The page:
Unlike Jean Piaget who watched children's play in largely intellectual or cognitive terms, Parten highlighted the idea that learning to play is learning how to relate to other people. As children grow and develop, play evolves. Certain types of play are related to particular age groups, although all kinds of play occur at any age. Play is the way children interact and learn more about the world, and different kinds of play are needed to fully engage a child's social, physical, and cognitive development.
1. Unoccupied play
Generally found from birth to approximately three months, babies busy themselves with unoccupied play. Babies appear to make arbitrary movements with no clear purpose, and may appear to only be observing, but this really is the first form of enjoying.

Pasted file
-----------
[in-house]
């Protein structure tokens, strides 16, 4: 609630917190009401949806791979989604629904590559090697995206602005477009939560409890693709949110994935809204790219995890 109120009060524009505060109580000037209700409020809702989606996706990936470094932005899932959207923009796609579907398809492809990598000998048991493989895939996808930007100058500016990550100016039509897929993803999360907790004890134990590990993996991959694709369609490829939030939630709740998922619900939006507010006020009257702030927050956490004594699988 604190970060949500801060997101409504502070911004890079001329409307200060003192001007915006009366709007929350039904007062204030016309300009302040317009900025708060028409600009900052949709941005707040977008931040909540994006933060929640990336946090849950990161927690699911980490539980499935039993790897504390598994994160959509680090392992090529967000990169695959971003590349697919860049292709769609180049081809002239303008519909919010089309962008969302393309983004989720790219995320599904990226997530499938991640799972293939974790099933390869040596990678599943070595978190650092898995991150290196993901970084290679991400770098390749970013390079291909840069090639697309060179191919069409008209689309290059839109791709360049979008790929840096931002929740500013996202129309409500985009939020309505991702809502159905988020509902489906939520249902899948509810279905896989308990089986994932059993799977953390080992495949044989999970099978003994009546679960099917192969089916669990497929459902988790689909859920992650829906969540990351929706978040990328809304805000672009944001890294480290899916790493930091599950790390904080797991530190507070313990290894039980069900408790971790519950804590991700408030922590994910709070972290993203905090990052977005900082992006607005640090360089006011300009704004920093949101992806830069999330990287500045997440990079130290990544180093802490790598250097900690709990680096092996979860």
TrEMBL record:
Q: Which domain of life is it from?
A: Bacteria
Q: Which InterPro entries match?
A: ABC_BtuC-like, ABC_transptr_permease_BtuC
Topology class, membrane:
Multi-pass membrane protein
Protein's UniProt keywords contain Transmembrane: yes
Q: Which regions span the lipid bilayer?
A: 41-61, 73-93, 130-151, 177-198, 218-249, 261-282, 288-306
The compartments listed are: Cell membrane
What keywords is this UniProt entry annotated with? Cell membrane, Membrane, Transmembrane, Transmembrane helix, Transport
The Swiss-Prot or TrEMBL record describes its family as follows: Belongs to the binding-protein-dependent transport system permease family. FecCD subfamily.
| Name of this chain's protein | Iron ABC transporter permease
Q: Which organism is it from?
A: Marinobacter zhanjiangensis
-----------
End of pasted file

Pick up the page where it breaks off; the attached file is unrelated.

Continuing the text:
2. Solitary play
From three to 18 months, children will spend much of the time playing by themselves. During solitary play, kids do not seem to notice other kids playing or sitting nearby. They are exploring their own planet by watching, touching and grabbing objects. They could frequently become deeply immersed in the activity,"tuning out" the world around them. Solitary play begins in infancy and is common in toddlers. But, it is important for all age groups to have time for lonely play.
3. Onlooker play
Onlooker play happens most frequently throughout the toddler years. A child watches other kids play and acquires new language skills through observation and listening, while learning how to interact with others. Although kids may ask questions of other children or make remarks, there's absolutely no effort to join the drama. This type of play generally begins during toddler years but can take place at any given age.